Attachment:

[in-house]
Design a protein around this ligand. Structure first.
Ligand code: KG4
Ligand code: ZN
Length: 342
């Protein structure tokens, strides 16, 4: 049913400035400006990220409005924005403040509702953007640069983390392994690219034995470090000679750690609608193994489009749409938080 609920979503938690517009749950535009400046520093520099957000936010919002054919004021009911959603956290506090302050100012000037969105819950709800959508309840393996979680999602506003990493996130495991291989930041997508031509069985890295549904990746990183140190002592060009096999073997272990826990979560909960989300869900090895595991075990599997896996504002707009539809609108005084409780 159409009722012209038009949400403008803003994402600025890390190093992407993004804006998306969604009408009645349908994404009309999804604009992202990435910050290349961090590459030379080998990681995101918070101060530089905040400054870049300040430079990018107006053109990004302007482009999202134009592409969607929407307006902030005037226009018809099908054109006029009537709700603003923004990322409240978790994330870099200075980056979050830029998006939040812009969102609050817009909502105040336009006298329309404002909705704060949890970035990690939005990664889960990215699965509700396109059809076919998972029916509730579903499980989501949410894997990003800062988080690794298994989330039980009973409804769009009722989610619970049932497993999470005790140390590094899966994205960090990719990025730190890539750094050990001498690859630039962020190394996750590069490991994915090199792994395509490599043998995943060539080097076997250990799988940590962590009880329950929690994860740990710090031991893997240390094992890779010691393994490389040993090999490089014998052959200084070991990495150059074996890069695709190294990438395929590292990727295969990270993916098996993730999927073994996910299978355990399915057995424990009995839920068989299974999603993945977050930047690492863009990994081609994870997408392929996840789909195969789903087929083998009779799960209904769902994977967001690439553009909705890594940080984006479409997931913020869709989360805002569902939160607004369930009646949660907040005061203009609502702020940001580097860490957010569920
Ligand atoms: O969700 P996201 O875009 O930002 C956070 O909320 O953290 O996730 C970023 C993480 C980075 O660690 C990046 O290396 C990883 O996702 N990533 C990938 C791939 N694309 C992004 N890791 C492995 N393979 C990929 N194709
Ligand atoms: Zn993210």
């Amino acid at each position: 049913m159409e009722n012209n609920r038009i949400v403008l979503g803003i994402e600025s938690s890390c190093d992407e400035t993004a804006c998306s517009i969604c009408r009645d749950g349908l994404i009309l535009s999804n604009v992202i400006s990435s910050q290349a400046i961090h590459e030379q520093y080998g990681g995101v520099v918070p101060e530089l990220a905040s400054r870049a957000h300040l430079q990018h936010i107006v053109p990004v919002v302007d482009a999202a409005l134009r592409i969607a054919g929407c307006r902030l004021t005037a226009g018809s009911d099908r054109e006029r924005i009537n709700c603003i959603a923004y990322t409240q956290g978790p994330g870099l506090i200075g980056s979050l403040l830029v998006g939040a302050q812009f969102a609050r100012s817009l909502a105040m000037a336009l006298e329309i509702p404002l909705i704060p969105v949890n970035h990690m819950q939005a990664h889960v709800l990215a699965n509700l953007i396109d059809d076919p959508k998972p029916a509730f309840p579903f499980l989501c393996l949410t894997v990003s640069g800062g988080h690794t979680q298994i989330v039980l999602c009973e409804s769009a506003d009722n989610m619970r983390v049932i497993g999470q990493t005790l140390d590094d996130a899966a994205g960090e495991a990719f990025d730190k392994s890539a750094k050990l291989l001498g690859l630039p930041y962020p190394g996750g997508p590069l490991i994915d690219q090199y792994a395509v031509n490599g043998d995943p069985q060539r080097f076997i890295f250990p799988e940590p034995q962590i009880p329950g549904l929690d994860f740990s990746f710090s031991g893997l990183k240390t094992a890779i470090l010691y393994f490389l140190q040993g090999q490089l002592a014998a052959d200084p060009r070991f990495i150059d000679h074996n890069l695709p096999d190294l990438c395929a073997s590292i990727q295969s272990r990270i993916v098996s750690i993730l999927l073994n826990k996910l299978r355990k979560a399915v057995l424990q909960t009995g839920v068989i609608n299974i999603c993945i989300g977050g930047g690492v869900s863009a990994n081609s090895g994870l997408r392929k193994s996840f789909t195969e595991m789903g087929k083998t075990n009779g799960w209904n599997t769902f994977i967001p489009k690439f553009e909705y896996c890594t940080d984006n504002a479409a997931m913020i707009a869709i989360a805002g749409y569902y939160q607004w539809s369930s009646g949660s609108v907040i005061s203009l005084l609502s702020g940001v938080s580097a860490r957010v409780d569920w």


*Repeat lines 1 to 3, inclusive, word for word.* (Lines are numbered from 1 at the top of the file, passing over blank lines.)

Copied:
[in-house]
Design a protein around this ligand. Structure first.
Ligand code: KG4